March 1664: Martha Dirky, for fornication, was ordered to be whipped unless she bring a note from the treasurer, of three pounds paid to him.
September 1664: Robert Cross Verses William Dirkey. For abusing his daughter. Verdict for plaintiff: “William Nelson deposed that William Dorkei said, at deponent’s house, after Goodman Stories had been at his father’s that he wished he had never spoken as he had, owning the child to be his, but he had eighteen meals a week and would spare six of them to keep the child.”
“Joseph Biship deposed that he heard William Durgee say that he had rather keep the child than keep her, but he presently said if he kept one he would keep the other, and they agreed to be married the next day.”
“October 1664: William Dirkey, presented for fornication, was ordered to be whipped not exceeding twenty stripes, and to put in security of 201i. to save the town of Ipswich harmless from the charges of keeping the child, or else go to prison. Thomas Biship, surety.” Source: Records And Files of the Quarterly Courts of Essex County, Massachusetts: Volume III: 1662-1667: Book: 974.45 P2e;
Despite the difficult situation between my Grandfather William Durkee & Robert Cross, the marriage took place.
Also found listed as Durgy and O'Durgy when first coming to America. Listed as Turkee when in Ireland
William Durkee of Ipswich married Martha Cross, daughter of Robert Cross, Sr. Durkee was a servant to Thomas Bishop of Ipswich. William Durkee was an Irish Catholic soldier captured on the battlefield by Cornwall's forces and sold into slavery in Barbados where he toiled on sugar Plantations. Being among the thousands freed by proclamation of Charles II and having no means of support, he sold his services to Thomas Bishop and was taken to his settlement. He married Martha in 1664 a year after his arrival. William Durkee was persecuted by the Puritans for his religious beliefs - his wife however, remained a Protestant and raised their children as Protestants.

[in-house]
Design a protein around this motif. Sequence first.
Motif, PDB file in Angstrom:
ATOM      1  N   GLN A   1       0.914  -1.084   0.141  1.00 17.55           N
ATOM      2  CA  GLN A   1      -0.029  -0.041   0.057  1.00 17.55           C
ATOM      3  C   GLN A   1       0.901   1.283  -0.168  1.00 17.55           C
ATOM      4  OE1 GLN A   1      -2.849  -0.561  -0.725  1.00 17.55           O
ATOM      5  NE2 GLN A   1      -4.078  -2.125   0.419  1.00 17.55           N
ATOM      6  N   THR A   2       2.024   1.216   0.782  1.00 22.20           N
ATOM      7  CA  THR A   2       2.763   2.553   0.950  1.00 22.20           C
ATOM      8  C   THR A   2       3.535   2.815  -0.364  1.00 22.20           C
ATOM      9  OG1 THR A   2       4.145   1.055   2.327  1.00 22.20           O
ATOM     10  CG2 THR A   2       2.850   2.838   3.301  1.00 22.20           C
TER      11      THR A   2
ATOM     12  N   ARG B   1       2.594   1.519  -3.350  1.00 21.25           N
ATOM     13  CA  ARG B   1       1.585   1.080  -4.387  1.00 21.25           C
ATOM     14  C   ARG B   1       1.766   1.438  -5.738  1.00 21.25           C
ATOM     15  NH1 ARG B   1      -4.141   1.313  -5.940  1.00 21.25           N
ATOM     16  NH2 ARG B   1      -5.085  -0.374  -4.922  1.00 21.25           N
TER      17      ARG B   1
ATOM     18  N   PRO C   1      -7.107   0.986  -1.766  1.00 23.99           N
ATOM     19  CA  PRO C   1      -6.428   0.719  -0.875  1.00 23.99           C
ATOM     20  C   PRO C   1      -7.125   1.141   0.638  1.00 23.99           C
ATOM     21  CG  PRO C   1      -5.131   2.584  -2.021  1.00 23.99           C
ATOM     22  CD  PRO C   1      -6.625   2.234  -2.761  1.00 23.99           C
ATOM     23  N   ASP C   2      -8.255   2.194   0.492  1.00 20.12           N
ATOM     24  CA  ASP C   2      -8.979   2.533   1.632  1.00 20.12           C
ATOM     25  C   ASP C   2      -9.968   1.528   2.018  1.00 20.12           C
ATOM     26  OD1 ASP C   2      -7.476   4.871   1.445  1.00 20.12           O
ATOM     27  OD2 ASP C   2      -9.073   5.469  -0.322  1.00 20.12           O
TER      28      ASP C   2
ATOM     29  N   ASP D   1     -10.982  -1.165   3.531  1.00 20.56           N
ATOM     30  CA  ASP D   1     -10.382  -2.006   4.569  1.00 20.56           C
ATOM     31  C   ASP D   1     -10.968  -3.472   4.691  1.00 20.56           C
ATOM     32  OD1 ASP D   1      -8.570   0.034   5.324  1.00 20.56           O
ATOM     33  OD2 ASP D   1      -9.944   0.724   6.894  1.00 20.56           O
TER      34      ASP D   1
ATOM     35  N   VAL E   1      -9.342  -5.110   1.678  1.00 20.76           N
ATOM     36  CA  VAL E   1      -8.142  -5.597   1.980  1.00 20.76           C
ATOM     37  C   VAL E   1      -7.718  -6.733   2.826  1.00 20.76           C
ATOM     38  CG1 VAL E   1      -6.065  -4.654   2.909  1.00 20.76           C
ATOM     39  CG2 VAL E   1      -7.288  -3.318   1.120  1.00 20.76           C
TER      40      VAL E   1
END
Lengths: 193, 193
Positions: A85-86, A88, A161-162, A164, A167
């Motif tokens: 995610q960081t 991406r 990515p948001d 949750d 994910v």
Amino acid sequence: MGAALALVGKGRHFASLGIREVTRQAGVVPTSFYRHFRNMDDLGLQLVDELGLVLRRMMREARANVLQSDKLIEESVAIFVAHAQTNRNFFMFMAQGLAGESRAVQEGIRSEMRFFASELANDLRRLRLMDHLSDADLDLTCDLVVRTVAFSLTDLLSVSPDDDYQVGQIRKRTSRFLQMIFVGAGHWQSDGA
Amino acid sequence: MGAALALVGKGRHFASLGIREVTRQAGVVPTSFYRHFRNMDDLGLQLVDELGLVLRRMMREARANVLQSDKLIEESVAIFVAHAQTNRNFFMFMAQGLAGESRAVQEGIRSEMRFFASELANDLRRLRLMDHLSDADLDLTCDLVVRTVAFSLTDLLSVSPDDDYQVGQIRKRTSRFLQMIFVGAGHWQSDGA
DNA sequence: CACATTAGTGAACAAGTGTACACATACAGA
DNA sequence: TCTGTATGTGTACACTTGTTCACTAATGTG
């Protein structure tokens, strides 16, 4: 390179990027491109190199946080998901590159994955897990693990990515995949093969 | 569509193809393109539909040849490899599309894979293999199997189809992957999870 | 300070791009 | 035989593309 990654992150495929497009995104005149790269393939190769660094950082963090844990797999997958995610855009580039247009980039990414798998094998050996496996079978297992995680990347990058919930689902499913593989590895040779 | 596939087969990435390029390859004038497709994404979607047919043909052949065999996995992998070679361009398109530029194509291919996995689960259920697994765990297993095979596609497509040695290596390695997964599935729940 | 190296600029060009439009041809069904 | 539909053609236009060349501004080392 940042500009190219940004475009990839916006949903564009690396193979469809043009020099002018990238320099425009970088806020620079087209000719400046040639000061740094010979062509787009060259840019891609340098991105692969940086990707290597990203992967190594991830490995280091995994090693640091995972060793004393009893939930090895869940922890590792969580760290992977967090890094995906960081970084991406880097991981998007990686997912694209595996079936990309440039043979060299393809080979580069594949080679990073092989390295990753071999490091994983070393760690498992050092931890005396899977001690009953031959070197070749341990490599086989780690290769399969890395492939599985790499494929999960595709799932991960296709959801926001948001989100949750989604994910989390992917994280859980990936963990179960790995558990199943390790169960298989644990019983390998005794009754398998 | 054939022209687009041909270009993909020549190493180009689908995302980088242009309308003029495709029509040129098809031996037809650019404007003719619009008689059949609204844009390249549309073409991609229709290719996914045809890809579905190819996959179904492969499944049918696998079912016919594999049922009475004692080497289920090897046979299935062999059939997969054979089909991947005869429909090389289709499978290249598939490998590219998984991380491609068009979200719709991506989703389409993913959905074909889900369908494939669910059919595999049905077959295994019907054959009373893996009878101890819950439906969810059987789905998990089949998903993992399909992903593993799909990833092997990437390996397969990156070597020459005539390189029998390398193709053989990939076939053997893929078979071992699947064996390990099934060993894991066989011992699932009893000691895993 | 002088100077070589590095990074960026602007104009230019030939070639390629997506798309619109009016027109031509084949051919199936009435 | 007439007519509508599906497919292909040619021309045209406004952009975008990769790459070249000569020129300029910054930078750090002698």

William Durkee was the very first Irish Catholic to settle in Massachusetts. He was fined for not attending the Protestant church. He was sentenced to receive 25 lashes or pay a fine of 5 pounds for each Sunday he missed church. The fine was paid for by his Owner, Thomas Bishop.
When he married Martha in 1664, the Crosses objected bitterly to the marriage. When William was questioned by the court as to his ability to support a wife, he answered he received a salary of 15 meals a week, and was willing to divide them with her.
What became of William is a mystery. He is recorded as being in Dover, New Hampshire in 1684 and his name appears on Essex County land deeds as late as 1713. No cemetery reveals his resting place.
Martha reared her family in the Protestant faith, and their eldest son, John, became a Deacon.
Martha Durkee died 11 January 1727 in Windham (location now in the Town of Hampton), Connecticut.
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Martha is 16 degrees from Harry Ferguson, 13 degrees from Arthur Guinness, 23 degrees from Seamus Heaney, 23 degrees from Jack Kyle, 18 degrees from Stephen Boyd, 26 degrees from Robert Moore, 18 degrees from Ruby Lamar, 14 degrees from Fanny Parnell, 13 degrees from William Pirrie, 14 degrees from Jonathan Swift, 19 degrees from John Synge and 14 degrees from Celia Marsh on our single family tree. Login to find your connection.
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Categories: Hampton, Connecticut | Ipswich, Massachusetts | Chebacco Parish, Massachusetts One Place Study